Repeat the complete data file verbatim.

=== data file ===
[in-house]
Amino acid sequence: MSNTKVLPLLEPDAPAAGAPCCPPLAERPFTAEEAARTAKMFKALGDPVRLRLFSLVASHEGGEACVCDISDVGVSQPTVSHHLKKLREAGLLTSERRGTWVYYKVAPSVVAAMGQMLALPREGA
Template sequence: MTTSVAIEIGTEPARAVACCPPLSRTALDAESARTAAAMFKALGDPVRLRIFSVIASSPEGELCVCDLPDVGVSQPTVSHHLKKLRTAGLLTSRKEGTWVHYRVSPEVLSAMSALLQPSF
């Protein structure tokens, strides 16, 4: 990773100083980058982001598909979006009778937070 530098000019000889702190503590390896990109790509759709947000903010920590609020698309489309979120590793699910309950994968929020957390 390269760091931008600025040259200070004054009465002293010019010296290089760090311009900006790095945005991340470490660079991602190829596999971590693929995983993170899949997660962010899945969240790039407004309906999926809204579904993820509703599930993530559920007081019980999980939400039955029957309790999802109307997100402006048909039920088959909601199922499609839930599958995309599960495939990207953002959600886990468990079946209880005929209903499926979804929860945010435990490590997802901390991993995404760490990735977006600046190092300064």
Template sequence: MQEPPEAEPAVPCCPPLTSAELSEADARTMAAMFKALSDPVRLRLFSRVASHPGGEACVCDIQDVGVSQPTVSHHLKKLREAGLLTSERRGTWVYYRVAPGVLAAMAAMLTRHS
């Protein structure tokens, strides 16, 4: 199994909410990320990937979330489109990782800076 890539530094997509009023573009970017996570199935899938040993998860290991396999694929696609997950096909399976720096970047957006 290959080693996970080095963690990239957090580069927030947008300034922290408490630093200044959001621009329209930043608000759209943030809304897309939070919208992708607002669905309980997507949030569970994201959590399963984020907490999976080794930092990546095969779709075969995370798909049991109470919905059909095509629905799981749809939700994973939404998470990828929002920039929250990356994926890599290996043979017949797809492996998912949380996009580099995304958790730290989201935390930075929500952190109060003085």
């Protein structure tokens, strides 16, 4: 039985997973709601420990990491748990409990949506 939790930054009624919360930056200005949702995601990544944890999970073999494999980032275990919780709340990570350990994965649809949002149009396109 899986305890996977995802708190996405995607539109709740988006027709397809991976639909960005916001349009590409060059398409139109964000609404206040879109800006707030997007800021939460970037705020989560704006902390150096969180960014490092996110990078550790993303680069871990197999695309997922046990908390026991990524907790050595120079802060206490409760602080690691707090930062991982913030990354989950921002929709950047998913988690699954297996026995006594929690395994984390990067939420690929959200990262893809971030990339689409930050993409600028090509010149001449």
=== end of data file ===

[in-house]
Amino acid sequence: MSNTKVLPLLEPDAPAAGAPCCPPLAERPFTAEEAARTAKMFKALGDPVRLRLFSLVASHEGGEACVCDISDVGVSQPTVSHHLKKLREAGLLTSERRGTWVYYKVAPSVVAAMGQMLALPREGA
Template sequence: MTTSVAIEIGTEPARAVACCPPLSRTALDAESARTAAAMFKALGDPVRLRIFSVIASSPEGELCVCDLPDVGVSQPTVSHHLKKLRTAGLLTSRKEGTWVHYRVSPEVLSAMSALLQPSF
């Protein structure tokens, strides 16, 4: 990773100083980058982001598909979006009778937070 530098000019000889702190503590390896990109790509759709947000903010920590609020698309489309979120590793699910309950994968929020957390 390269760091931008600025040259200070004054009465002293010019010296290089760090311009900006790095945005991340470490660079991602190829596999971590693929995983993170899949997660962010899945969240790039407004309906999926809204579904993820509703599930993530559920007081019980999980939400039955029957309790999802109307997100402006048909039920088959909601199922499609839930599958995309599960495939990207953002959600886990468990079946209880005929209903499926979804929860945010435990490590997802901390991993995404760490990735977006600046190092300064």
Template sequence: MQEPPEAEPAVPCCPPLTSAELSEADARTMAAMFKALSDPVRLRLFSRVASHPGGEACVCDIQDVGVSQPTVSHHLKKLREAGLLTSERRGTWVYYRVAPGVLAAMAAMLTRHS
């Protein structure tokens, strides 16, 4: 199994909410990320990937979330489109990782800076 890539530094997509009023573009970017996570199935899938040993998860290991396999694929696609997950096909399976720096970047957006 290959080693996970080095963690990239957090580069927030947008300034922290408490630093200044959001621009329209930043608000759209943030809304897309939070919208992708607002669905309980997507949030569970994201959590399963984020907490999976080794930092990546095969779709075969995370798909049991109470919905059909095509629905799981749809939700994973939404998470990828929002920039929250990356994926890599290996043979017949797809492996998912949380996009580099995304958790730290989201935390930075929500952190109060003085």
């Protein structure tokens, strides 16, 4: 039985997973709601420990990491748990409990949506 939790930054009624919360930056200005949702995601990544944890999970073999494999980032275990919780709340990570350990994965649809949002149009396109 899986305890996977995802708190996405995607539109709740988006027709397809991976639909960005916001349009590409060059398409139109964000609404206040879109800006707030997007800021939460970037705020989560704006902390150096969180960014490092996110990078550790993303680069871990197999695309997922046990908390026991990524907790050595120079802060206490409760602080690691707090930062991982913030990354989950921002929709950047998913988690699954297996026995006594929690395994984390990067939420690929959200990262893809971030990339689409930050993409600028090509010149001449």